Table 2: Post hoc analysis of the in vitro comparison of the antimicrobial efficacy of modified calcium hydroxide endodontic pastes

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       Discussion Top


    As bacteria play a major role in the pathogenesis of pulpal and periradicular lesions, cleaning and disinfection of the root canal are vital to minimize the risk of bacterial growth. The persistence of resistant microorganisms in pieces with previous endodontic treatment and asymptomatic apical periodontitis is one of the main challenges that the endodontists face. Bacteria such as E. faecalis are the most difficult to eradicate and produce greater problems after treatment.[12],[13],[14],[15]

    E. faecalis is frequently found in cultures of obturated root canals showing signs of asymptomatic apical periodontitis. Although chemomechanical debridement removes a substantial amount of bacteria, some microorganisms remain in the dentinal tubules, lateral canals, and other irregularities, favoring reinfection of the endodontic space. Consequently, during the treatment of root canals, it is advisable to implement a temporary medicine, which is in direct contact with the walls of the root canal, to minimize the risk of bacterial growth. Intraconducting drugs are used to eliminate bacteria from the root canal, act as a physicochemical barrier, and decrease the nutrients necessary for bacterial proliferation. Ca(OH)2 has long been the medicine of choice, as it eliminates residual microorganisms by having a high pH of 12–12.8, and also prevents periapical filtration of exudate into the endodontic system.[16],[17],[18]

    Taking into account the frequent use of intraconduction medication by dental professionals, it is of interest to know the antimicrobial action exerted by these drugs against resistant bacteria. Several studies have reported resistance of E. faecalis to the antibacterial action of Ca(OH)2 due to its great ability to adapt to alkaline mediums of up to a pH of 11.[2],[4],[6]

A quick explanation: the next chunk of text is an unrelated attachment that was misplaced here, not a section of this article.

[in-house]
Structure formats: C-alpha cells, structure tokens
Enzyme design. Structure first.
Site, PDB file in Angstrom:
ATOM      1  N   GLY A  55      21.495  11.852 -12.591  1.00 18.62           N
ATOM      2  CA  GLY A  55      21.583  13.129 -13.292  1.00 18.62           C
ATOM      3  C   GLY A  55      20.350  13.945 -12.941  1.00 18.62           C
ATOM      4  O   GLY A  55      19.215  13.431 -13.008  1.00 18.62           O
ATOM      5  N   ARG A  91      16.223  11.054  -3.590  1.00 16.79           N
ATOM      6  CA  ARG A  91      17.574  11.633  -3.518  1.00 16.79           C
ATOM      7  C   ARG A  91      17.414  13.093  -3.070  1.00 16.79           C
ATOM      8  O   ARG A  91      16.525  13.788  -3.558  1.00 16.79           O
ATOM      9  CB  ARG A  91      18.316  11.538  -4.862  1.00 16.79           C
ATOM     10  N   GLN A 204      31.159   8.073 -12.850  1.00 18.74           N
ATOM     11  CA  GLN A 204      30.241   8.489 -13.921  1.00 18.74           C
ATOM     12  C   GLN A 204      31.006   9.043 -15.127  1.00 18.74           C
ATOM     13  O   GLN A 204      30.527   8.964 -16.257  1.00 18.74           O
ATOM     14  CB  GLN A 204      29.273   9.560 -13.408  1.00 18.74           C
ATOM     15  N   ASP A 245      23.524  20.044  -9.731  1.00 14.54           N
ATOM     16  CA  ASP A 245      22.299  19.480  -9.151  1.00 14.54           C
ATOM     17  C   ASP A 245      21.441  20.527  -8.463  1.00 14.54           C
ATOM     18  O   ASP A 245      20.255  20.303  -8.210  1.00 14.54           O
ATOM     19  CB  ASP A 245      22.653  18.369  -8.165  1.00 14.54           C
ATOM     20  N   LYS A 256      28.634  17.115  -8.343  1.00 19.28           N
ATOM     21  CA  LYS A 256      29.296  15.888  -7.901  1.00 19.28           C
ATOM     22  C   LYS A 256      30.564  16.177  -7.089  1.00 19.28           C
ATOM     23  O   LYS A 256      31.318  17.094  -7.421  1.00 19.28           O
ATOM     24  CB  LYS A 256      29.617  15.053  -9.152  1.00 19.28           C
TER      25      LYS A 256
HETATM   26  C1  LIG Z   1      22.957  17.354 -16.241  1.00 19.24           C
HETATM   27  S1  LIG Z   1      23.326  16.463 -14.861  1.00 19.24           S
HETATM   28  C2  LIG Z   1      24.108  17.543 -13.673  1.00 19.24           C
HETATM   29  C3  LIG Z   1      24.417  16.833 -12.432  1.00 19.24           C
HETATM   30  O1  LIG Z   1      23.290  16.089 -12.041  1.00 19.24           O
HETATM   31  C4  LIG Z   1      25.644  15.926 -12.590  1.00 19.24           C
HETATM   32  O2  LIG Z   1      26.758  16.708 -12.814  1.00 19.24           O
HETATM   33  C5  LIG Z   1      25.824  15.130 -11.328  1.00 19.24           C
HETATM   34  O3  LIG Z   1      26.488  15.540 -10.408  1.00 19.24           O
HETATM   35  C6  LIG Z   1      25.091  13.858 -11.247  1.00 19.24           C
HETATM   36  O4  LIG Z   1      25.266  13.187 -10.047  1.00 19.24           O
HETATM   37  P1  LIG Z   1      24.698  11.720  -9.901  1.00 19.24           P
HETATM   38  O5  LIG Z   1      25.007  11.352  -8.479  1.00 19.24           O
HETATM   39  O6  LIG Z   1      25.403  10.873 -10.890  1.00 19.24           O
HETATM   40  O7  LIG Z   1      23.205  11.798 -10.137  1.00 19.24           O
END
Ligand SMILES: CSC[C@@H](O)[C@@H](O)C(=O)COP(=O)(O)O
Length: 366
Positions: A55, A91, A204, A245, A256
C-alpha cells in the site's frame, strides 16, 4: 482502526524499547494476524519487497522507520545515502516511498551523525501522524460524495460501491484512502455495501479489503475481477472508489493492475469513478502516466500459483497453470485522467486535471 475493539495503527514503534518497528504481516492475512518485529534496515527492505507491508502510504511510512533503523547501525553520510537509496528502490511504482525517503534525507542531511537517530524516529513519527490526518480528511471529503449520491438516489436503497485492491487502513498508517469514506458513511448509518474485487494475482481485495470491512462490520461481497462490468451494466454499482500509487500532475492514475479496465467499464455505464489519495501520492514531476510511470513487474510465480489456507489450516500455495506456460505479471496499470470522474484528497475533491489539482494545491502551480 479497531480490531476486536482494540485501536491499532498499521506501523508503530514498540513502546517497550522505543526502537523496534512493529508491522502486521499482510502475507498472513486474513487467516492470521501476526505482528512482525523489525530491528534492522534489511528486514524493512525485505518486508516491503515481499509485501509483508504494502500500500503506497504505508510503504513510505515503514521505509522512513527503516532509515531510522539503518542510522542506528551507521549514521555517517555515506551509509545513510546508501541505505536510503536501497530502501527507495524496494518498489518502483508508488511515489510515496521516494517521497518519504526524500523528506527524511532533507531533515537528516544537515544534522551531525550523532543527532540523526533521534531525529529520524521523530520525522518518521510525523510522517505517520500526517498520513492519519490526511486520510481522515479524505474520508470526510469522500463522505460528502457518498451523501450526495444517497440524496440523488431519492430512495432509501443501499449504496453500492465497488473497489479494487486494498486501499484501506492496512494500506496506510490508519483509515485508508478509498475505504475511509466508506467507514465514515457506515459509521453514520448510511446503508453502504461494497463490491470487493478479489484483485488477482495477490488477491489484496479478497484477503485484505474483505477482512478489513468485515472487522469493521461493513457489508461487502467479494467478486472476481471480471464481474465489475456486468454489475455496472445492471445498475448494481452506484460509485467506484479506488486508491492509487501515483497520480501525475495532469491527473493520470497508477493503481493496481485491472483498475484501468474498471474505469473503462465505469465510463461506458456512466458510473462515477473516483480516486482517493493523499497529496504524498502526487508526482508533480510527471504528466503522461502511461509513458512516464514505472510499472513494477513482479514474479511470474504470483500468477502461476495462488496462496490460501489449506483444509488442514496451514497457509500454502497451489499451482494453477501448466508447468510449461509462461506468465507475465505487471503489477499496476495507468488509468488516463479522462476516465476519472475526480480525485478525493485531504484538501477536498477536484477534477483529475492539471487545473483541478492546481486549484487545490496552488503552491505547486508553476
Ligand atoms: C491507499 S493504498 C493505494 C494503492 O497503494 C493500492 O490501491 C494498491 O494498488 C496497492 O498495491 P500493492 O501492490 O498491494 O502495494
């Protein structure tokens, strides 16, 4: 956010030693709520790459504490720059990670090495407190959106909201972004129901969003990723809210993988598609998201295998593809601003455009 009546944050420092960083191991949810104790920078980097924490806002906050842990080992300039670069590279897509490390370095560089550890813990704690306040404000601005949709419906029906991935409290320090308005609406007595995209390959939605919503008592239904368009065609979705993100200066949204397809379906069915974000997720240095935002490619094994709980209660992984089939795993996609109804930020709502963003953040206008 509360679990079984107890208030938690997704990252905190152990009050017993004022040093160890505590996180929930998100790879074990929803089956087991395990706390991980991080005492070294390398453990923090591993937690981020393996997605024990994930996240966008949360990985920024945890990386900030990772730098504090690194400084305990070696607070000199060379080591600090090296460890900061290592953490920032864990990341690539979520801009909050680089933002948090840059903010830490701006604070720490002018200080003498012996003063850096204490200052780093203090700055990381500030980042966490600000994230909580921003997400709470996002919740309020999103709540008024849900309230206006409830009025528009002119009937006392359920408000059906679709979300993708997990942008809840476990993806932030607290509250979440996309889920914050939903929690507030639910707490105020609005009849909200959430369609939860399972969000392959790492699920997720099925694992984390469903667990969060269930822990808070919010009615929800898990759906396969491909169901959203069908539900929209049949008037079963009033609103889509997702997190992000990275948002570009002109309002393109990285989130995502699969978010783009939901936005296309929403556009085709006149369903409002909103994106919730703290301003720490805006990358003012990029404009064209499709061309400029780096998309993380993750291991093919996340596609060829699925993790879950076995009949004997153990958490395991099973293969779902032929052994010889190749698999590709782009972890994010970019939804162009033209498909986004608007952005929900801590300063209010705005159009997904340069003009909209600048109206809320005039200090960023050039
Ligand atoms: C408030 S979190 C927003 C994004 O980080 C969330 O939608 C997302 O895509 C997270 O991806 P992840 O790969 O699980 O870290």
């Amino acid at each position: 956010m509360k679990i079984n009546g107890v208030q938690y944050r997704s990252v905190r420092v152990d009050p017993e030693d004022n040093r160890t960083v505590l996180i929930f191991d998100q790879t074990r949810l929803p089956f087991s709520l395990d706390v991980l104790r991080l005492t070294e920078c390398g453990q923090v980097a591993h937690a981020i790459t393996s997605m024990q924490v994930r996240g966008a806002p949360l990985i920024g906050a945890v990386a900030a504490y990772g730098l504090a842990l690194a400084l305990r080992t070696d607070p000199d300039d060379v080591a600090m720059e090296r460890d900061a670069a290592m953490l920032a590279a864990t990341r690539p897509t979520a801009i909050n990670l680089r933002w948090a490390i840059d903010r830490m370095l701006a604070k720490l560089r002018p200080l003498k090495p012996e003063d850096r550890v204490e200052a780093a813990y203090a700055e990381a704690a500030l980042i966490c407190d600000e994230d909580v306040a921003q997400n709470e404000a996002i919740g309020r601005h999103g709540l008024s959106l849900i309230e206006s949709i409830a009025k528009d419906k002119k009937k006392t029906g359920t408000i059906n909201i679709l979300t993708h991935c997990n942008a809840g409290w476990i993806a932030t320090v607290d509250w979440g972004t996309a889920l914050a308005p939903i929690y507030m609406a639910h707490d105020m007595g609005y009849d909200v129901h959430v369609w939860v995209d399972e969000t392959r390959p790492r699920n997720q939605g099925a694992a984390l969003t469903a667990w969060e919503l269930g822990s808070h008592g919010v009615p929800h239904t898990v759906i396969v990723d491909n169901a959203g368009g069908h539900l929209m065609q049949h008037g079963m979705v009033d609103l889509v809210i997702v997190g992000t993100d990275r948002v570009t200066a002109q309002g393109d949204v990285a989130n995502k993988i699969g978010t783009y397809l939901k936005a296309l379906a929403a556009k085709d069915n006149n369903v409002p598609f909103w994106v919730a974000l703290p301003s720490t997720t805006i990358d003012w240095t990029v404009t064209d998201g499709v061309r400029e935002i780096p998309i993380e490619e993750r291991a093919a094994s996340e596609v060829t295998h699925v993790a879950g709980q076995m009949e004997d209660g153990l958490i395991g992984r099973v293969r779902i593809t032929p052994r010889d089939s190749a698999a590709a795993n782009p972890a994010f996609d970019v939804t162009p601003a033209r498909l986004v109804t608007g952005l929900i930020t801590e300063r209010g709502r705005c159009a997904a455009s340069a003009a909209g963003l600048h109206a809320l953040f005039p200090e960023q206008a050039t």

Therefore, the search for better alternatives has led to the preparation of various Ca(OH)2 formulations using different vehicles and new antimicrobial agents such as propylene glycol, iodoform, silicone, and paramonochlorophenol. To date, there are few studies comparing the antibacterial action of Ca(OH)2 paste with iodoform against E. faecalis.[12],[13],[16],[17] The materials evaluated in this study were selected because the commercial formulation of Ca(OH)2 paste with iodoform (Metapex) and that of Ca(OH)2 paste with camphor paramonochlorophenol (Calen PMCC) are accessible in the Peruvian market.

    According to a study by Sáez et al.,[19] changes in pH and diffusion of calcium ions through root dentin from Ca(OH)2 pastes and aggregate of mineral trioxide (MTA) led to the release of calcium ions in all the groups. Ca(OH)2 paste with distilled water had the highest calcium ion value at 60 days (P ≤ 0.01). There was a positive correlation between calcium and pH values. Conversely, Zancan et al.[20] evaluated the release of calcium, the solubility, and the antimicrobial action of Ca(OH)2, Calen (SS White Artigos Dentáriosil), Calen camphor monochlorophenol, and Ca(OH)2 plus chlorhexidine pastes against biofilms. Seven days of contact were found to be insufficient for the Ca(OH)2 pastes plus the aggregates to kill the bacteria in the biofilms studied. However, chlorhexidine added to the Ca(OH)2 favored greater effectiveness against the aforementioned bacterial biofilms.

    On the contrary, Campanella et al.[12] investigated the efficacy of endodontic sealants and endodontic medications Aureoseal, MTA, Ca(OH)2, and iodoformed paste against E. faecalis in 36 plates inoculated with the experimental suspensions. Similar to this study, these authors also used the agar diffusion method to investigate the antimicrobial activity of root canal sealants. The diameters of the microbial inhibition zones were measured in millimeters around the plate. They showed that the antimicrobial activity of Aureoseal was superior to that of MTA, iodoformed paste, and Ca(OH)2 in the microorganism analyzed. Similar to our study, this study confirmed the resistance of E. faecalis to endodontic sealants. Aureoseal and Ca(OH)2 showed the best results in the inhibition test, suggesting that they may be useful in clinical cases.